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  1. #14
    Join Date
    Sep 2005
    Location
    Atlanta GA area
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    42,433
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    High and low returns gather the cooler air at lower levels and the warmer air at higher levels...
    Mix it, and then condition (cool, dehum, heat, etc) the air before distributing it.

    High/low returns work great with higher than 8 ft ceilings!
    GA-HVAC-Tech

    Your comfort, Your way, Everyday!

    GA's basic rules of home heating and AC upgrades:
    *Installation is more important than the brand of equipment
    *The duct system keeps the house comfortable; the equipment only heats and cools (and dehumidifies)
    *Cheap is not good, good is not cheap; however expensive is not a guarantee of quality!
    Choose your contractor wisely!

  2. #15
    Join Date
    Jul 2000
    Location
    Northern Wisconsin
    Posts
    3,068
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    Quote Originally Posted by bugman-74 View Post
    I like this concept.

    Spiral ducting is exposed, correct?

    Why returns high and low? I'd suspect the low returns to be extremely susceptible to debris
    Yes, exposed. With the right registers and air flow they can blow air a good distance.

    Low returns to pull cool air off the floor (where you're working) when it's in heating mode. High returns to pull the heat off the ceiling when air conditioning. Together they work together in both heating and cooling. When heating and the fan is blowing the lower one is pulling cool air off the floor, mixing it with warm air (doing you no good) near the ceiling, adding some heat from the furnace and blowing it back into the space. Basically the same in cooling, but the high one raises pulls the warmer air off of the ceiling and basically works to better average the temperature from floor to ceiling.
    Use the biggest hammer you like, pounding a square peg into a round hole does not equal a proper fit.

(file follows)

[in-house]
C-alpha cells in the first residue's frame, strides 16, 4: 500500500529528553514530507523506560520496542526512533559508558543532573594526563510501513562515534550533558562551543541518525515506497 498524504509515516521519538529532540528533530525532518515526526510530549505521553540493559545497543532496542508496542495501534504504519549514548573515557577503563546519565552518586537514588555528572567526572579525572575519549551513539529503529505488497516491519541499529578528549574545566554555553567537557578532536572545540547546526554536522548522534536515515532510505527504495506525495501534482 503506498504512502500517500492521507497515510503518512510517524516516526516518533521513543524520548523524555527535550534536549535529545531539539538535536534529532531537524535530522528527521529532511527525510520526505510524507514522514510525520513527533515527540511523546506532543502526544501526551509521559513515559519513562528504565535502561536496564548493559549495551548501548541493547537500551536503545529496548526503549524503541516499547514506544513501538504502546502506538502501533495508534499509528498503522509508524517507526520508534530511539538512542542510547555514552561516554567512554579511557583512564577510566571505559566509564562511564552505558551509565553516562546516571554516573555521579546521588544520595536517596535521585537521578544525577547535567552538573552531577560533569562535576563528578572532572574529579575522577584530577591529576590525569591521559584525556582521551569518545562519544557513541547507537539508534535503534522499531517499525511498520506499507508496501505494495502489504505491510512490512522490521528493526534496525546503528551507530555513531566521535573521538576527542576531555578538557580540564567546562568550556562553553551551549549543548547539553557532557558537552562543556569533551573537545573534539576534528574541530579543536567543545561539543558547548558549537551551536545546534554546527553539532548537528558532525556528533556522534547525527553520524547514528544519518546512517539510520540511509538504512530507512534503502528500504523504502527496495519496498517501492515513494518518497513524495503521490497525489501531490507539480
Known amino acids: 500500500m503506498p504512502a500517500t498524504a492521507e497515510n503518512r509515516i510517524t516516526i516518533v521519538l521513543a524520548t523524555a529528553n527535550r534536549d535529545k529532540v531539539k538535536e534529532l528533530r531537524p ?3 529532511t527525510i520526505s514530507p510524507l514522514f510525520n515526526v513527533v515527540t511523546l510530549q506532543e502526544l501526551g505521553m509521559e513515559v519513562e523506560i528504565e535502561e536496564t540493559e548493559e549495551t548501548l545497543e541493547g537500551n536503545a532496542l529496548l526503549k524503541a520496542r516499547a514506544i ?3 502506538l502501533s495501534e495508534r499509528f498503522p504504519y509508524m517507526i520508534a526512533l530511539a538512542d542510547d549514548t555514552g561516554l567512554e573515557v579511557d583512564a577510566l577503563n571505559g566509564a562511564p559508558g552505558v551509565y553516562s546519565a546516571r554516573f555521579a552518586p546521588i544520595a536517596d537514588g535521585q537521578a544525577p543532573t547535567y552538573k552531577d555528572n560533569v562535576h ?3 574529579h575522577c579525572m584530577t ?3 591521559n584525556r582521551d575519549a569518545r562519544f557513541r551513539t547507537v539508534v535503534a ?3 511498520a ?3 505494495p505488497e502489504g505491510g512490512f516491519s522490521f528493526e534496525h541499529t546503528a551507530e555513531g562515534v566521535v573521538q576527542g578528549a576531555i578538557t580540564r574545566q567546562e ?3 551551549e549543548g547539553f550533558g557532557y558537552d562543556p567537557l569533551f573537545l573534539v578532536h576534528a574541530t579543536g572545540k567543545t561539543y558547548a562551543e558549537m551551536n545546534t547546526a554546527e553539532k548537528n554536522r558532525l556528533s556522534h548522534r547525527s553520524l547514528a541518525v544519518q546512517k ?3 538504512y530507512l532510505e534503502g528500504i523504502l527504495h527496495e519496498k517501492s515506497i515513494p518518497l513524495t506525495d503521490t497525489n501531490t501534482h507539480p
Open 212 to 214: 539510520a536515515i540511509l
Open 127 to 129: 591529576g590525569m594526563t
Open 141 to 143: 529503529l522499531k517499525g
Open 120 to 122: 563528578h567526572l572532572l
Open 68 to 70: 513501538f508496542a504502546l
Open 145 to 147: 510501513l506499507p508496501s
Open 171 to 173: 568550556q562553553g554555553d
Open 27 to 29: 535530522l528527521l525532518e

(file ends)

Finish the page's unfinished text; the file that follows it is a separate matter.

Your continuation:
3. #16
    Join Date
    Sep 2007
    Location
    State College, PA
    Posts
    2,904
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    Ductless systems in my opinion will not produce a fast pull down. They are designed for constant/consistent run with low power consumption.
    Can someone please explain to me -
    Why is there never enough time to do it right the first time, but plenty of time to do it twice?


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  4. #17
    Join Date
    Aug 2002
    Location
    Southold, NY
    Posts
    25,680
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    Fast pull down means over sized and little if any humidity control.

    Minis in a garage or kitchen is a BAD idea!

    What's the Code in your area concerning Flammable Material and HVAC in garages?

  5. #18
    Join Date
    Jan 2012
    Location
    Broomall, PA
    Posts
    2,887
    Post Likes
    Quote Originally Posted by firecontrol View Post
    Ducted furnace connected to spiral duct. GOOD filtration with returns located both high and low. I'd suggest a two stage split system AC. First stage for de-humidification and second stage for fast cool down.
    Is dehumidification a primary concern in Arizona?
    If I do a job in 30 minutes it's because I spent 30 years learning how to do that in 30 minutes. You owe me for the years, not the minutes.

  6. #19
    Join Date
    Nov 2019
    Location
    Tucson, AZ
    Posts
    9
    Post Likes
    Thread Starter
    What's the Code in your area concerning Flammable Material and HVAC in garages?
    Great question. I believe they require a separate system for the garage vs living area (my shop is a detached structure and will have a separate system). As far as any other restrictions, I will have to dig up the code.

    Is dehumidification a primary concern in Arizona?
    Some dehumidification is needed, but no its not as big of a concern as say somewhere like FL or LA

  7. #20
    Join Date
    Sep 2005
    Location
    Atlanta GA area
    Posts
    42,433
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    The flammable materials part would concern me...